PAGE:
Portaespacios:_Taller de Proyectos, Valencia, Venezuela
June 12, 2020
Most of of humanity’s worst ties are invisible, which are nevertheless just as strong. As anchors, these chains subdue the historical narrative through the word, a fact that transcends the daily behavior as a naturalized programming, until a place is achieved in the establishment of judgments on the moral and the immoral, the prohibitions and individual limits, and even the dichotomous separation of that which corresponds to man and woman, among many other standards dragged after centuries of heterosexist and phallocentric imposition. In the midst of this historical process, “The Man”—in capital letters—locates himself as the protagonist of the study and narrative of the human species that began in the 19th century, to present himself from the beginning of time and in any of the Western versions as the epicentre of the events, because whether it is with Adam or with the caveman, every story starts from the biological figure of the male.
As a recent invention, “man is not the oldest nor the most constant problem that human knowledge has posed” (Foucault, 1966). However, when Michael Foucault enunciates this maxim of contemporary thought in generic masculine, he opens an unconscious gap that allows us to agree with this idea, because after centuries of domination, “The Man” as a modern individual—white, masculine and heterosexual—has ceased to be the central focus of social discussions. The aim is to use philosophical and academic approaches to give way to in-depth reflections on the feminist approaches that are atomized in multiple displacements towards sexual, ethnic and racial diversity included in gender theories, the Queer and LGBTTI+ movement, among other aspects that were recently marginalized from all visibility. The claim of a historical debt in which some other conceptual and theoretical paths take up the idea of man—in small letters—now as a social construction, far from the dominant discourses of the past.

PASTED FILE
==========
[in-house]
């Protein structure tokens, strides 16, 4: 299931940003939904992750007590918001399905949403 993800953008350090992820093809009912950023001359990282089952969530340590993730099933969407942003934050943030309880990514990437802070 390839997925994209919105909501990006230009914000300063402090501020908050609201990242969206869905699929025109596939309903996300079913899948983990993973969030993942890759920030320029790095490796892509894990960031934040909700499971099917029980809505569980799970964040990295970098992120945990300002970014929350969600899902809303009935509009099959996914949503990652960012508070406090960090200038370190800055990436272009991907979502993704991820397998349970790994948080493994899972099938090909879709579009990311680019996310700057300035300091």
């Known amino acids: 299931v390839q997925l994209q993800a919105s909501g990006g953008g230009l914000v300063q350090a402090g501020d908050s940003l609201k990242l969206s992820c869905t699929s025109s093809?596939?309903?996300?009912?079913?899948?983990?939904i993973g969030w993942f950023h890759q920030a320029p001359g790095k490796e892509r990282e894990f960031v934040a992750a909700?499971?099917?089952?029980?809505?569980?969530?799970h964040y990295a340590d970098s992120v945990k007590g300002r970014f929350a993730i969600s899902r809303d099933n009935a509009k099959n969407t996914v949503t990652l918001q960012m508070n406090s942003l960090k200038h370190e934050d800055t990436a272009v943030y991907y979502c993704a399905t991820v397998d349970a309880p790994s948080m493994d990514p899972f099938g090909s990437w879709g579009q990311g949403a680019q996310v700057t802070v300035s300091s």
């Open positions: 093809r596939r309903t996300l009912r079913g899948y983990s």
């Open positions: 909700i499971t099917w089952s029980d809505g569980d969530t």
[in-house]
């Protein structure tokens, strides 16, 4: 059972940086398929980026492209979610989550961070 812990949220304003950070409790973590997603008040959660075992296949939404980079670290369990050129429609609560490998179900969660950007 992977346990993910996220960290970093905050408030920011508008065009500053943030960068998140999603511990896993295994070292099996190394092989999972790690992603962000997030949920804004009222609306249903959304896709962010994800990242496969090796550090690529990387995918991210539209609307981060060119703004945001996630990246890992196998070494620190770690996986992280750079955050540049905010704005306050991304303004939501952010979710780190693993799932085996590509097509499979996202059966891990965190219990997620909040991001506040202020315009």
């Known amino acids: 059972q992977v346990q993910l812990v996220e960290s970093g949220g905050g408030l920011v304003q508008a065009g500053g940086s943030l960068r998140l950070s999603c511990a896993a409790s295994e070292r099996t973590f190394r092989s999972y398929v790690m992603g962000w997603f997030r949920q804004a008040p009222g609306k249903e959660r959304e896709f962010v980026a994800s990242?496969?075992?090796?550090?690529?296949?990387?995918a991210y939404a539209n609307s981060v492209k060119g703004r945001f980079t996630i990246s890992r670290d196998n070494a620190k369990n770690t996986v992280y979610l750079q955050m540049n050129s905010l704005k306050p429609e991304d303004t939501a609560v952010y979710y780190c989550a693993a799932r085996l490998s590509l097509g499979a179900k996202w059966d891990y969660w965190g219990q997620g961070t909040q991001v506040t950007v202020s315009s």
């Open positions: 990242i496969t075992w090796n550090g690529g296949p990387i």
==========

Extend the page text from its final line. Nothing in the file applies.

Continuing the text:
Under this premise, the virtual exhibition Hombre, demasiado humano (Man, all too human) organized by Portaespacios and curated by Raúl Rodríguez, brings together a set of 18 works by artists of different nationalities. Each one of them deals with the separation and tangentiality of the universal, virile, strong and invincible representation of man. While it moves away from any kind of capital letters, it presents itself and brings man closer as a human being—too much so—who asserts his will to free himself from moral and social formulas, fictitious and spectacularized since immemorial times (and therefore questionable) in which “The Man” hunted and “The Woman” reproduced.
—Text by Manuel Vásquez-Ortega (fragment)
Fabian Rodríguez (Mérida, Venezuela), Cristian Guardia Jacinto (Maracay, Venezuela), Felipe Rivas San Martín (Valdivia, Chile), Kenny Lemes (La Habana, Cuba), MAx Provenzano (Caracas, Venezuela), Ruben Montini (Oristano, Italia), Leonardo Almao (Valencia, Venezuela), Los Picoletos (Fabro Tranchida y Dante Litvak, de Argentina), Mischa Badasyan (Rostov on Don, Rusia), Johan Mijail (Santo Domingo, Rep. Dominicana), Leche de Virgen Trimegisto (Felipe Osorio, de Querétaro, México).